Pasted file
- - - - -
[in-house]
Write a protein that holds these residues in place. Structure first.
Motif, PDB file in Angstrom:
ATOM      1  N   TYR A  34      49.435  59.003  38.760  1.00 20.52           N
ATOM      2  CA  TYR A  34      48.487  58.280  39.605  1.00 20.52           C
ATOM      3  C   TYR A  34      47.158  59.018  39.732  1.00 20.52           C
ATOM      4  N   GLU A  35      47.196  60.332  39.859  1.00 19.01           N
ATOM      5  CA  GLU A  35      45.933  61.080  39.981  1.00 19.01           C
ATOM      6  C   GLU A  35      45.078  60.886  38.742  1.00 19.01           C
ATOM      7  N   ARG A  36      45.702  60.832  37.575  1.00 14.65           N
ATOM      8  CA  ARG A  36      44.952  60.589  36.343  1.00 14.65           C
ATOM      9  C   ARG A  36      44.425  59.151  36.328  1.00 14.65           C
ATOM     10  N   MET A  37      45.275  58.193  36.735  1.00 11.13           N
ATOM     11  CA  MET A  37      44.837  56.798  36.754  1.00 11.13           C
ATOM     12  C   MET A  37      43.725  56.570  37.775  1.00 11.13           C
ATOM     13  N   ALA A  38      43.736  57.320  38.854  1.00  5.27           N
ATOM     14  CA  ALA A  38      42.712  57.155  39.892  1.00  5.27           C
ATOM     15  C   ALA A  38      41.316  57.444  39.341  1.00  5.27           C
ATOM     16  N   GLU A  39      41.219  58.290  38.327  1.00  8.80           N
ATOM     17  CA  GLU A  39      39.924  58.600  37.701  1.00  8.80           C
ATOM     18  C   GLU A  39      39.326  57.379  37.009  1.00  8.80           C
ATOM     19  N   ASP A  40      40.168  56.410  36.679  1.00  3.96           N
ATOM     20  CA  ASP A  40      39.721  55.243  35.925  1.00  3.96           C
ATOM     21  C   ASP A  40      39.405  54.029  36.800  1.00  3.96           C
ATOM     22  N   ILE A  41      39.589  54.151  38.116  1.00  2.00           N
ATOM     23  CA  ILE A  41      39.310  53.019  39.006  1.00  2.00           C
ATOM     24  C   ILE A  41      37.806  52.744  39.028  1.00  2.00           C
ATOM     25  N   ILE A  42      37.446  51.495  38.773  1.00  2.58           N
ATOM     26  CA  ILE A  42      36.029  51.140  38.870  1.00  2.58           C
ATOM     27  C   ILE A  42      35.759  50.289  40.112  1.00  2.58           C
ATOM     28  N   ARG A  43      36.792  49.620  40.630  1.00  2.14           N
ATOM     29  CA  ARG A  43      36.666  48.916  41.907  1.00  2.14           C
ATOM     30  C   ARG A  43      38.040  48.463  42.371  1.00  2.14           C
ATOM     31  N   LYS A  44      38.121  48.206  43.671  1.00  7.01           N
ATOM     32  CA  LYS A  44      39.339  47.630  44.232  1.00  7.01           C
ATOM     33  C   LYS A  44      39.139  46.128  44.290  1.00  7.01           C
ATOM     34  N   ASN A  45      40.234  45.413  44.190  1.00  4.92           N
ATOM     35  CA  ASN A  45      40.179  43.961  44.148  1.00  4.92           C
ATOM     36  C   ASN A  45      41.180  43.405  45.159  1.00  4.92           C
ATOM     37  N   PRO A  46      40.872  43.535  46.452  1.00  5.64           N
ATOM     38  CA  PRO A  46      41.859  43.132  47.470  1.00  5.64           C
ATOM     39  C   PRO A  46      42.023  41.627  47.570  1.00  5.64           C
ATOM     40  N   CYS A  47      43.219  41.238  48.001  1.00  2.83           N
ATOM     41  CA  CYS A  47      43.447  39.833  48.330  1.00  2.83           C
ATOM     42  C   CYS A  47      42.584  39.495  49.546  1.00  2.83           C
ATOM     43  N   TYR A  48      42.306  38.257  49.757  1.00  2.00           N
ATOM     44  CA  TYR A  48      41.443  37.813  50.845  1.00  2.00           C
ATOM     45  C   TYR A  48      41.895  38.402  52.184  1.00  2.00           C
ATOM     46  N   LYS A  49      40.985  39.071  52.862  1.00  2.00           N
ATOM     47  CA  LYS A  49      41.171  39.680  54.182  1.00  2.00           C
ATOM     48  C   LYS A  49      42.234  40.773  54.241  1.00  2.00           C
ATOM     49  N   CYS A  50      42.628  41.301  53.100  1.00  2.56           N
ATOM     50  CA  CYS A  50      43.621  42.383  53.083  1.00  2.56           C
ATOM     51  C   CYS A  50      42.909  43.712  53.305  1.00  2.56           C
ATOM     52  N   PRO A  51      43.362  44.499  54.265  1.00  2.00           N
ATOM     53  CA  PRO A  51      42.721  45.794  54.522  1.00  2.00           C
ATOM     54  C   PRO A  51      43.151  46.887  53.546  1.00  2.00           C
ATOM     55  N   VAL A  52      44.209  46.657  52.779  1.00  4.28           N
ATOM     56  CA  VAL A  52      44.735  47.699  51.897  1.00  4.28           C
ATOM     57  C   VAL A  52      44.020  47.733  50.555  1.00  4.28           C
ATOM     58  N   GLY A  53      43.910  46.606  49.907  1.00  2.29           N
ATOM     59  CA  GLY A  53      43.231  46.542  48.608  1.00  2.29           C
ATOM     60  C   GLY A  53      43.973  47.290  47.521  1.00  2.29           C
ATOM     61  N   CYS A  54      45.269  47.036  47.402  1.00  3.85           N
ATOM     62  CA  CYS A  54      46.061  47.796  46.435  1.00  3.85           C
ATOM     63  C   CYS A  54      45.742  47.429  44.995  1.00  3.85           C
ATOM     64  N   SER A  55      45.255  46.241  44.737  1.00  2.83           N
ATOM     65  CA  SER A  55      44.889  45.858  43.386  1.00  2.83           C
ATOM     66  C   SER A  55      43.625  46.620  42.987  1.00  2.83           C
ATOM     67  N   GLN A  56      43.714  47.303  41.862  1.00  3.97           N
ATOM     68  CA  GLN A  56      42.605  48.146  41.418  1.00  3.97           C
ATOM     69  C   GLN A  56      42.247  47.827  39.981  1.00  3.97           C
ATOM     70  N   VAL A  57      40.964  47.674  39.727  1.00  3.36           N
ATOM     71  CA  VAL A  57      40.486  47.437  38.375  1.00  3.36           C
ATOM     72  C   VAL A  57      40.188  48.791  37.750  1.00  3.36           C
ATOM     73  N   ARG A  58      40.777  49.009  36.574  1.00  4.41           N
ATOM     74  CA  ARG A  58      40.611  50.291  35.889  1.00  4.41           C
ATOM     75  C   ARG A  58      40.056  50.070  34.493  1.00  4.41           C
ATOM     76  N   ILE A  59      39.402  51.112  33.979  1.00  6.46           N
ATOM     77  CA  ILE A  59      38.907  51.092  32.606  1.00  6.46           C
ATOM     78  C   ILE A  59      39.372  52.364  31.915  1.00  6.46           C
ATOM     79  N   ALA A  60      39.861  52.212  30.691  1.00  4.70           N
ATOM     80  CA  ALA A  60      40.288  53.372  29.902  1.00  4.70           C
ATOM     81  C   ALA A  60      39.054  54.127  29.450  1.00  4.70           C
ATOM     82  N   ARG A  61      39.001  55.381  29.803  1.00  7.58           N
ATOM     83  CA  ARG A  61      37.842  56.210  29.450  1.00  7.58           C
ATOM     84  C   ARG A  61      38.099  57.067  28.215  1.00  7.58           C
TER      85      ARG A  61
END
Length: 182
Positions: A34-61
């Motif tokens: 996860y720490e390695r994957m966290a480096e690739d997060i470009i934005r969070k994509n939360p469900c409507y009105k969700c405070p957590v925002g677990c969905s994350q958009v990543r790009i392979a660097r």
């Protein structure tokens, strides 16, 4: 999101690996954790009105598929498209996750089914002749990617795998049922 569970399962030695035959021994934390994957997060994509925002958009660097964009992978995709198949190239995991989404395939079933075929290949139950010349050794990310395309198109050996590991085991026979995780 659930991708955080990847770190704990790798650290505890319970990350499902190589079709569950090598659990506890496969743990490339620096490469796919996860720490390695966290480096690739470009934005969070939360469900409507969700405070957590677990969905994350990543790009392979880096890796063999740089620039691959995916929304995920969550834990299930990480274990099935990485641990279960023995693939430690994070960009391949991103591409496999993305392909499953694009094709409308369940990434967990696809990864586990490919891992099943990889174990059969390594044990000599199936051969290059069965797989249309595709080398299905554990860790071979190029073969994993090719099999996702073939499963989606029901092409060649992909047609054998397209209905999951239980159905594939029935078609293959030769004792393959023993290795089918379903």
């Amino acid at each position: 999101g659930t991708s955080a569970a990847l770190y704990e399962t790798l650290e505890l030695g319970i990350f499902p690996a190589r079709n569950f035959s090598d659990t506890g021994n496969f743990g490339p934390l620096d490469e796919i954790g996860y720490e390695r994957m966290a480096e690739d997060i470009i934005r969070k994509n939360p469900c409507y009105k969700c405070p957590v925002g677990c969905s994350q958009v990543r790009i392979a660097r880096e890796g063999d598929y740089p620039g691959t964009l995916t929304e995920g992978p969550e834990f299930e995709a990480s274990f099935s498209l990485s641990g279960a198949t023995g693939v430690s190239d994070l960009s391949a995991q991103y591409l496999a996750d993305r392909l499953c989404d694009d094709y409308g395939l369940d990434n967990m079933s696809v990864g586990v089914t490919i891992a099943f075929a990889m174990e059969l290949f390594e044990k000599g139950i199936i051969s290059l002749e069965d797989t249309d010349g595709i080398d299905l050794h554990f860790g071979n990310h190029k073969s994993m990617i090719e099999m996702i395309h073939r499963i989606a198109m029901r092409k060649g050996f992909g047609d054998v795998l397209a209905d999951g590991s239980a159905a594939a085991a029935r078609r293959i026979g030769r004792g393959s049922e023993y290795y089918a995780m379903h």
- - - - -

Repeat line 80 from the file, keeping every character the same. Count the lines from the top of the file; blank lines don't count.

ATOM     77  CA  ILE A  59      38.907  51.092  32.606  1.00  6.46           C